I don’t think it’s any different than the rest of society, which is normally about 50-50. Everyone always asks about “the locker room.” It’s a reflection of society in every way. We have immigrants on our team, foreign guys on our team, we have dyed-in-the-wool Americans on our team, we have Canadians on our team. It helps you get better perspective in terms of where your political leanings might fall, but at the same time it’s always different.
I wonder how much thought you’ve put into what you’d like to do after your playing days end – hopefully later than sooner.
I think about it. Like you said, hopefully it isn’t any time soon. But even while playing in Charlotte, in USL, I’ve worked before. I know what that looks like, I know a little bit of the direction I’d go. I want to be involved with the game. I think the growth of the game is going to lead to a lot more opportunities in terms of jobs, leadership positions. More media, I think. I haven’t really honed in on what exactly – like an exact role – but I know I want to be involved with soccer in some capacity.
You just said, “I’ve worked before.” That’s interesting. I wonder if you think there’s a perception of athletes that they can’t do anything else – that the question isn’t “what would you like to do after you’re done playing,” it’s more “man, what is this guy gonna do after he’s done playing?”
That perception exists. With MLS, I’d say we have the most educated player base out of the major sports because most of our domestic players are going to college. That’s certainly changing, but there is that perception, the perception that right now this isn’t a job, that we go out there and we play a game. In some respects that’s true, but it’s still a job. We have to show up at a certain time, we have expectations that are attached to our job, performance reviews basically. It is a job. It’s just the most fun job you’ll ever have. That’s what I tell young guys. If you’re not having fun out there, I mean – this is the peak level of fun in your work career. You’ll never have a job that you enjoy as much as this.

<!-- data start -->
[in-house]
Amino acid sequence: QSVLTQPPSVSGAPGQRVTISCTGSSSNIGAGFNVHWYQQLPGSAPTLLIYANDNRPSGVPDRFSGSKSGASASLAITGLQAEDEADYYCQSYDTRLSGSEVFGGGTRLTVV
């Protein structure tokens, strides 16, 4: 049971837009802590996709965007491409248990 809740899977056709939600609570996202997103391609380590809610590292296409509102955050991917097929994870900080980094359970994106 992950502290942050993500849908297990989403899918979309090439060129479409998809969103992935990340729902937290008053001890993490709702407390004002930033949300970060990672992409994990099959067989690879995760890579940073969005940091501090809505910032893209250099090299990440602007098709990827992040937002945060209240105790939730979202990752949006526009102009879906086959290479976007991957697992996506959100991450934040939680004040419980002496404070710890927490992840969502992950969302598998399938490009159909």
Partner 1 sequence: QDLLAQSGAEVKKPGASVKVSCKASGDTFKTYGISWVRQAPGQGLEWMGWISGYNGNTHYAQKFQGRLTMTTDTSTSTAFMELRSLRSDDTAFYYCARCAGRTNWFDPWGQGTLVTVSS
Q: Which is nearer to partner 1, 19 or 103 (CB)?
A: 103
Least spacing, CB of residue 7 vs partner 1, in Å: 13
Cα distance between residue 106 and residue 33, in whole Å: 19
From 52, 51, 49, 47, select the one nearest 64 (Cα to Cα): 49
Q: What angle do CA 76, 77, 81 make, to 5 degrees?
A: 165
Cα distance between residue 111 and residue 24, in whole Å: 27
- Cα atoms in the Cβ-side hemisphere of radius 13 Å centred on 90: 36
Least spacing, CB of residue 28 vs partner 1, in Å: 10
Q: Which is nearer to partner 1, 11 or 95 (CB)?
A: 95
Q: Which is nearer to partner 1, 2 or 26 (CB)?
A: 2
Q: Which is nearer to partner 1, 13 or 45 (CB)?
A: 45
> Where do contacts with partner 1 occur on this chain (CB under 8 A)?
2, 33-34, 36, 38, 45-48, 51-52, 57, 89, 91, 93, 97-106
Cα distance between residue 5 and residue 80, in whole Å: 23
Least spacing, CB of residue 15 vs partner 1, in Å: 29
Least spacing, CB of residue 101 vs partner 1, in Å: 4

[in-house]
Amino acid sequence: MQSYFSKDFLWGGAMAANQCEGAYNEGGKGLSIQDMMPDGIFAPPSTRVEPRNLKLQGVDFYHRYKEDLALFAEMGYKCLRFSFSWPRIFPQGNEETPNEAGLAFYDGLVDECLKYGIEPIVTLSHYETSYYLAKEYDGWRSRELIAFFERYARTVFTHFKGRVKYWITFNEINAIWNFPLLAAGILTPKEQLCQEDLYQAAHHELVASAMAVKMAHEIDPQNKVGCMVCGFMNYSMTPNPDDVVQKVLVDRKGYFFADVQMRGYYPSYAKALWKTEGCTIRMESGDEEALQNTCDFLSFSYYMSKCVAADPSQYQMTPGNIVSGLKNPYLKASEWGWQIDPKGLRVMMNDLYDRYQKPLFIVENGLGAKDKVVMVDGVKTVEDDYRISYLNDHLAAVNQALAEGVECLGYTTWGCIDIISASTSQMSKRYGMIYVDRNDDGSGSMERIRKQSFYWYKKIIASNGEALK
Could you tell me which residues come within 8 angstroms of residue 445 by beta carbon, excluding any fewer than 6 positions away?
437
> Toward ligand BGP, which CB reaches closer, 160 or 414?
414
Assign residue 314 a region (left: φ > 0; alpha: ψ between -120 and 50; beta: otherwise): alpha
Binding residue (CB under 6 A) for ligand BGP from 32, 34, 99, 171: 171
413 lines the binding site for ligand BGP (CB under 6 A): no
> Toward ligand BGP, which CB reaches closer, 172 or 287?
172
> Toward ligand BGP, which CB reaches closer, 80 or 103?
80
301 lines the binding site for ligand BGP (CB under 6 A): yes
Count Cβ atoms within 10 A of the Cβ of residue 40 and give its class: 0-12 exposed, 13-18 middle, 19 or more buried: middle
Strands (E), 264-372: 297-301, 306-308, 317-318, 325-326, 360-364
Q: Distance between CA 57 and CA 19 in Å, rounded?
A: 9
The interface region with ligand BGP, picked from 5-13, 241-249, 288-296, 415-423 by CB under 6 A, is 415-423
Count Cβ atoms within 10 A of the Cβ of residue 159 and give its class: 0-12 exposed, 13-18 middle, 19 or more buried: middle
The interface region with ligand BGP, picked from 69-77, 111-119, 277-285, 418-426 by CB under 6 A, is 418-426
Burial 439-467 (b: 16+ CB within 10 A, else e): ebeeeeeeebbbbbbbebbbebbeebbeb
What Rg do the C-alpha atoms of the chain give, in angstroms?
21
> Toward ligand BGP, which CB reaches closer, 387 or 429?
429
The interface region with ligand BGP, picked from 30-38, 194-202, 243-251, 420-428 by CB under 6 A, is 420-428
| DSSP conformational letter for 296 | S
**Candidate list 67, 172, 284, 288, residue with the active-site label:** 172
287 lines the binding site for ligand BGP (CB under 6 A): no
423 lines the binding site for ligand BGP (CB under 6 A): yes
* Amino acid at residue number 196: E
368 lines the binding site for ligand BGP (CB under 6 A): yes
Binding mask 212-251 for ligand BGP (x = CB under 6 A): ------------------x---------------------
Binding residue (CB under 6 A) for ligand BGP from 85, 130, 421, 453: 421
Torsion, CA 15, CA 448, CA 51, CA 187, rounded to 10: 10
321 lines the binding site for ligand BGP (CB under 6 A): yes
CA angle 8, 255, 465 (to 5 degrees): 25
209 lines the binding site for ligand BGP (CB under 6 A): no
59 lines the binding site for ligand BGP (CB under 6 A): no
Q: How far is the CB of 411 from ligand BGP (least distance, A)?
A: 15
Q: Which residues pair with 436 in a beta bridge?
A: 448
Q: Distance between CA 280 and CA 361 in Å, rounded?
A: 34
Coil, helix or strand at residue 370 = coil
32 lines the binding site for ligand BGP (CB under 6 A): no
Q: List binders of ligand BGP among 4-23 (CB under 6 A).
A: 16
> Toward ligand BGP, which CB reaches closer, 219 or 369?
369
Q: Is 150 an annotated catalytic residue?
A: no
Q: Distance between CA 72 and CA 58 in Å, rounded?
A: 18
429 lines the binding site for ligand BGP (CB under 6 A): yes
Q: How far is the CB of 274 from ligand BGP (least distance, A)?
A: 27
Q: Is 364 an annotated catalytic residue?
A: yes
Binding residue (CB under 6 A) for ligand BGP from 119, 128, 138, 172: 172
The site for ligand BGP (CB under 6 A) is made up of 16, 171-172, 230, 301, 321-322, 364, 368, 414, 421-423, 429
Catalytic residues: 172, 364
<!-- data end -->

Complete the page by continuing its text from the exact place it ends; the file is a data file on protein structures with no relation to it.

So you have these other interests – writing, you’re obviously a multi-layered human being. Is it tough to balance that stuff with playing?
It’s more of an outlet. One of the things I’ve learned is that writing certainly isn’t something I see as an actual career, where I have an editor and I crank out [a certain] amount of pieces per week. That doesn’t really give me pleasure in that respect. It’s more so when I have something to say and feel strongly about it, I get on my computer and type something up. And sometimes it’s not even something that I might publish – it’s just something I write to get down and see what it looks like. I think it’s definitely become different for me with all the different things you have to think about as a pro when you’re writing. You realize you don’t have to jump into every single debate or issue or whatever it is, because sometimes it’s just not worth it. Especially on Twitter.